Applying for online writing gigs is a writing talent all on its own. If you make a mistake you’re not kicking off this whole, “I can write for a living” deal very well. Because you’ll be sending your resume / work bio by email, you need to adjust it for the web. Following are some mistakes not to make when applying for an online writing gig – be it a blog or other website.
Mistakes when applying:
You cut and paste from Word or another doc. application: This can result in some funky formatting and make your email look unprofessional.
You attach your resume or bio: NEVER send attachments unless a potential client asks you to specifically do so. Most folks won’t open attachments, and some have them blocked. However, if you have pertinent clips what should you do? Cover it at the end with a quick, “Magazine clips are also available upon request.” Exchange “magazine clips” with business clips or what have you as needed.
You’re long-winded: Long winded isn’t even great on a paper resume, but it’s the kiss of death on a web resume. Web writing is partially about being succinct. If your resume / bio shows that you can’t be you’ve already gotten off on the wrong foot.
You make spelling, grammar, or other errors that ‘writers’ shouldn’t make: Come on now, I know you know this one. Don’t do it. Note though that web writing technique is different than other sorts of writing. Short blips in bullets are fine for a web resume.
You post the great resume wall of text: HIT ENTER! I’ll say it again… hit enter. I get emails from people who have questions about writing online, and that’s cool, but I don’t make it through half on them because my eyes don’t enjoy reading 60 lines+ of text in a row. Potential employers don’t want this either. Make your text skim-friendly. Note that some bold headings and bullets will help as well.
You leave the subject blank: In the subject should be the job title you’re applying for.
You include too many irrelevant facts: No one cares about your ceramic dog collection or the fact that you like creating scrapbooks in your spare time. Keep to the facts which one, keeps it skim-friendly, and two, keeps it focused.
WHEN TO BREAK THE RULE ABOVE…
- You say where you’re from (quickly) – this has landed me jobs because where you’re from is a good conversation starter.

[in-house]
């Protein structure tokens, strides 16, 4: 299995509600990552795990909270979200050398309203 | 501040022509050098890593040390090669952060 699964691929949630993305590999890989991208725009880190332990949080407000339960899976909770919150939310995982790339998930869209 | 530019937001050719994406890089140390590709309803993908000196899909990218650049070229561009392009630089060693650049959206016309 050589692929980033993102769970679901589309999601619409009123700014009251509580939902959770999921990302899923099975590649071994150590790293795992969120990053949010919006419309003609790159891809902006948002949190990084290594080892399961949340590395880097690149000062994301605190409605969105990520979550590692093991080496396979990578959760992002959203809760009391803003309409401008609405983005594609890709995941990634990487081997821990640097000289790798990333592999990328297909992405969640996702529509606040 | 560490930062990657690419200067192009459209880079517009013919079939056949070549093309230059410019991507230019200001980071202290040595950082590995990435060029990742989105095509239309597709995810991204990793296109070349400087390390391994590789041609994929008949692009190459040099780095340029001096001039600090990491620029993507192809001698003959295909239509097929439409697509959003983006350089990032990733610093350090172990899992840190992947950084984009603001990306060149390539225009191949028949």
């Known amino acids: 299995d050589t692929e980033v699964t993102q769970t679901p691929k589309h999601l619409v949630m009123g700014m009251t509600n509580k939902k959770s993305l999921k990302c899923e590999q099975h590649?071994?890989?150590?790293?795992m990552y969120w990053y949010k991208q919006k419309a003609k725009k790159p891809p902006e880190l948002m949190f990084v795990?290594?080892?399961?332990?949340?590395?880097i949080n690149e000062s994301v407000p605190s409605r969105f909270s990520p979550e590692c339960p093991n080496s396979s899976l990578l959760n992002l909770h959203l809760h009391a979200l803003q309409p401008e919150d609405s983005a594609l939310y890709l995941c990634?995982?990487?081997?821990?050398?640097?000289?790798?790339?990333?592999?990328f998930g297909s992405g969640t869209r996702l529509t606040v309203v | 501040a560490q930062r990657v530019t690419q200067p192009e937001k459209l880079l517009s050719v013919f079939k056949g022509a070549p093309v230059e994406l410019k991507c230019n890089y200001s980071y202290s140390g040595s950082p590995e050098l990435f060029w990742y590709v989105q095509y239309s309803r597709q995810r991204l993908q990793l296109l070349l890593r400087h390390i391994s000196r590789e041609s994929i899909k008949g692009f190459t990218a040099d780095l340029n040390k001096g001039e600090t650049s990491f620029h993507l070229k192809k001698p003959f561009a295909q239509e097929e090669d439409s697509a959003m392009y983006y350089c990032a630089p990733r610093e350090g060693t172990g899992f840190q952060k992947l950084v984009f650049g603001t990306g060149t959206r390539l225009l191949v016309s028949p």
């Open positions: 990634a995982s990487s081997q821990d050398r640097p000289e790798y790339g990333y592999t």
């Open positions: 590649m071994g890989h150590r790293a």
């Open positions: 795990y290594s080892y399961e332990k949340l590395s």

- The potential client ASKS for some personal info.
- Your personal info actually relates to the gig. When I applied for a pregnancy blog I write for I did mention that I’d worked as a doula, went to college for nursing/midwifery, and went through childbirth myself, because it made me look more credible.
- You can say it all in a few sentences. Something quick, like, “On a personal note, in my free time I like music, Frisbee, and have an insane addiction to chocolate” can add a bit of personality to an otherwise blah resume, but you need to add this at the end, and do so for gigs that seem a little more casual.
You add in your entire educational career: Fact, none of the clients I have right now asked me about my education ever, in fact, over the span of my writing career almost no clients have asked – good thing too since I’ve got degrees in math and science, not writing. Education is less highly rated in the online writing world than experience and your clips are. Sometimes a client will ask and by all means include it. OR the info may add to your credibility (like holding an RN degree when applying for a health site) but otherwise, education info only takes up space.
You don’t include links to clips: If you don’t have online clips, start a blog. If you don’t want to start a blog, start your own website and post your clips there. Clients want to see your clips.
For more tips on applying for blogging and online writing gigs read:
- Applying for Blogging Jobs – Do You Need A Resume?
- Sample introduction letter for blogging and online writing gigs
- Applying for a Blogging Job: When to Blow Off Directions
Coming soon we’ll look at mistakes not to make when posting your resume or bio on your personal website.